It is impossible not to be blown away by the exhilarating brilliance and complete lunacy of this new play from writer Rory Mullarkey. This absurdist comedy dramatises the collapse of the world order in a single day through the eyes of a very ordinary couple (Sophia Di Martino and Abraham Popoola) in a very ordinary British town.
Bomb explosions, random lightning strikes and civil war rip to shreds the fragile fabric of society as the country plunges headlong into chaos and yet all we can do is marvel at designer Chloe Lamford’s extraordinary production design where ice cream vans and tombolas mix with flashing neon signs, AK-47s and atrocities to a hilarious degree.
It is impossible not to smile, impossible not to be swept up, and truly impossible not to feel for the stage management crew who must be putting in superhuman efforts each night to pull off such a furious festival of fun. But what also impresses is the cast and direction from Sam Pritchard.
The cast work their socks playing a vast array of characters – from prime ministers to postwomen – as the ordinary couple try and navigate this suddenly strange terrain. Snipers and militias come and go but with the absurdism ramped up to 11 with balletic interludes and exhilarating raves. The cast must be shattering themselves out with their efforts (HUGE bravo!) but so much praise must also go to Sam Pritchard (whose work in B and Grimly Handsome I’ve also loved) who has caught the mood and tone of this production emphatically.
The question we are left with is, what is the point of all this craziness? Even the most bizarre of productions is looking to disrupt and challenge us – so what is Rory getting at here?
When you’re caught up in the madcap craziness of what is in front of you, it is impossible for the mind to settle, to focus and consider what is being said. But in the stillness of the tube ride home, I got it. Well, I think so.
For this is a play about our ambivalence. The ordinary couple caught up in the middle remain ordinary and unaffected. They seem to be the calm in the centre of the storm around them. Then it clicks – it isn’t calmness; it’s ambivalence. And, more than this, the joke seems to be on us, the audience. For if we are distracted so easily by the flashing lights and dance numbers, then we’re not paying attention, are we?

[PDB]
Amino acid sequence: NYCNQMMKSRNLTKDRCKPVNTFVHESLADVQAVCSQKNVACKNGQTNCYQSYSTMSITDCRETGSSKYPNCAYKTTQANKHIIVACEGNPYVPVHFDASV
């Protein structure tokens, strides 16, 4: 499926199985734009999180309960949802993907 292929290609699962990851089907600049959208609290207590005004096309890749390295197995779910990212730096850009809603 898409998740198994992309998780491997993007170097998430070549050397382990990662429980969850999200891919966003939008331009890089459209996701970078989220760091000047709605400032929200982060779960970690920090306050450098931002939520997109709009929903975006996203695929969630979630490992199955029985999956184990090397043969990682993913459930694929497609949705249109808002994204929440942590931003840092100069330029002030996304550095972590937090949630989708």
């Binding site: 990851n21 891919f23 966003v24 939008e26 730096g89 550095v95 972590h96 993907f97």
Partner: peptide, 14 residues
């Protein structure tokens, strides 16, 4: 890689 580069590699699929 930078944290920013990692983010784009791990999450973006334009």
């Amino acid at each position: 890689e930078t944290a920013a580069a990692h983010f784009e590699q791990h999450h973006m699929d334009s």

There is a post on Twitter that compares Pity to Childish Gambino’s This is America and this is both an interesting observation and a tricky one. Because in a sense it works. This is America sees Donald Glover demonstrate how easily we can be diverted from what’s important and unjust. And that’s exactly what happens in Pity – provided the pyrotechnics, waterfalls of flipflops and mini-tanks keep coming, we keep laughing, irrespective of the destruction of the world order that is happening in front of us.
But what This is America also does is squarely focus on the *causes* of that injustice – in This is America’s case, racism.
At no point in Pity does it even glance at the sources of hate that would bring about the collapse of civil society. It’s a curious omission and one that I’m still wrestling with.
I get that adding themes of racism and misogyny may have made the writing overly complex and confusing. It may also have tarnished the absurdist humour and brought a weight in that would have been hard to navigate. But it does, if anything, make the comparison with This is America one to be treated carefully.
What Pity does do is highlight the increasingly uncomfortable truth that, as the world collapses around us, provided we’re unharmed, we are prepared to let everything else go to hell. Here, the oft-repeated phrase, ‘I’m alright,’ morphs rather sinisterly from an opportunity for potential bonding to one that increasingly defines are self-first attitude. And in a production filled with such absurdist joy and hilarity, that is a sobering and frightening truth.
Royal Court Theatre, London, to August 11, 2018.
Tickets from £12.
All production images by Helen Murray
Director: Sam Pritchard
Designer: Chloe Lamford
Costume Designer: Annemarie Woods
Lighting Designer: Anna Watson
Sound Designer: Pete Malkin